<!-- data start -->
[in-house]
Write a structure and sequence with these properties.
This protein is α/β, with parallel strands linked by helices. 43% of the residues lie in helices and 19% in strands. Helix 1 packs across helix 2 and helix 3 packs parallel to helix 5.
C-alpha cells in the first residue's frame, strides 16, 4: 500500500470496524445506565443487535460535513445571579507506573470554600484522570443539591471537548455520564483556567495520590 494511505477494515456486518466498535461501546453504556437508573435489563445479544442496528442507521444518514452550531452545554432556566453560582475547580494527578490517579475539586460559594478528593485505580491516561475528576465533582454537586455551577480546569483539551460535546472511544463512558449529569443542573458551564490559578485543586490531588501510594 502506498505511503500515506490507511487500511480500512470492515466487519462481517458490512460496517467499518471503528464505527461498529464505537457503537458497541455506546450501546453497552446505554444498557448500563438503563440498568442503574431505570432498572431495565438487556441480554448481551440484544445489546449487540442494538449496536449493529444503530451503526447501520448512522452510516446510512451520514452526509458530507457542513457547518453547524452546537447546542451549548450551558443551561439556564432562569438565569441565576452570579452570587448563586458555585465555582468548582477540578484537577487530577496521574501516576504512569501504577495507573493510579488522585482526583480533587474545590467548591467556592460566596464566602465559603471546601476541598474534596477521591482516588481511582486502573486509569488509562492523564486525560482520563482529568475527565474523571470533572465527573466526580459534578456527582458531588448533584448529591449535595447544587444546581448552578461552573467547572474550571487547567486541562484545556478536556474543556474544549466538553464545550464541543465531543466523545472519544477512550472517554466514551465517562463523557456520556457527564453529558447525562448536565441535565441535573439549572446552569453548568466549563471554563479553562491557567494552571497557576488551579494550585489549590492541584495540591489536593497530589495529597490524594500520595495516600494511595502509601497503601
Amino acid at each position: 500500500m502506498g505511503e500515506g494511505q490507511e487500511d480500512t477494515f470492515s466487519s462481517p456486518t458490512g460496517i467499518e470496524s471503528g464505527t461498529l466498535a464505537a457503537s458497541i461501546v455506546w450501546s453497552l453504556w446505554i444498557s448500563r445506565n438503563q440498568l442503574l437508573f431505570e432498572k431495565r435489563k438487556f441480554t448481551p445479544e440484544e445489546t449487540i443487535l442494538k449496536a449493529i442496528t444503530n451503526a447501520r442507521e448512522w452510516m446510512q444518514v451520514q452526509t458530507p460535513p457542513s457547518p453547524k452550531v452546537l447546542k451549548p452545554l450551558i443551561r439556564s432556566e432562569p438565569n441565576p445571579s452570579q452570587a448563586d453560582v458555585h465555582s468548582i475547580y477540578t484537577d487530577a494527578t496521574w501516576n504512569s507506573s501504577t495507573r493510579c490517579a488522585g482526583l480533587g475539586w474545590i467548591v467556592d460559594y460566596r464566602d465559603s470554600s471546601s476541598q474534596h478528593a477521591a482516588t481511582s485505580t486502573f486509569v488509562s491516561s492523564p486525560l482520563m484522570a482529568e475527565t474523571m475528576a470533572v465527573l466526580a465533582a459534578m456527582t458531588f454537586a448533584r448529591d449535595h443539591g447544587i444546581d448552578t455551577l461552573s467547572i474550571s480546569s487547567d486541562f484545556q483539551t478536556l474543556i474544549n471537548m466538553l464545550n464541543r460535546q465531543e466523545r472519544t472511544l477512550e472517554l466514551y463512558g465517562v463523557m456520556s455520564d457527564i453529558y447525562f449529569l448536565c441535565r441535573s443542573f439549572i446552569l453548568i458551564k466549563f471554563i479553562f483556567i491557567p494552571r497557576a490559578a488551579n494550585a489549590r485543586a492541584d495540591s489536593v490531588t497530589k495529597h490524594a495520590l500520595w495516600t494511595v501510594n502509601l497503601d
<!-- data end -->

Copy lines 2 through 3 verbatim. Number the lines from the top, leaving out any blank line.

Write a structure and sequence with these properties.
This protein is α/β, with parallel strands linked by helices. 43% of the residues lie in helices and 19% in strands. Helix 1 packs across helix 2 and helix 3 packs parallel to helix 5.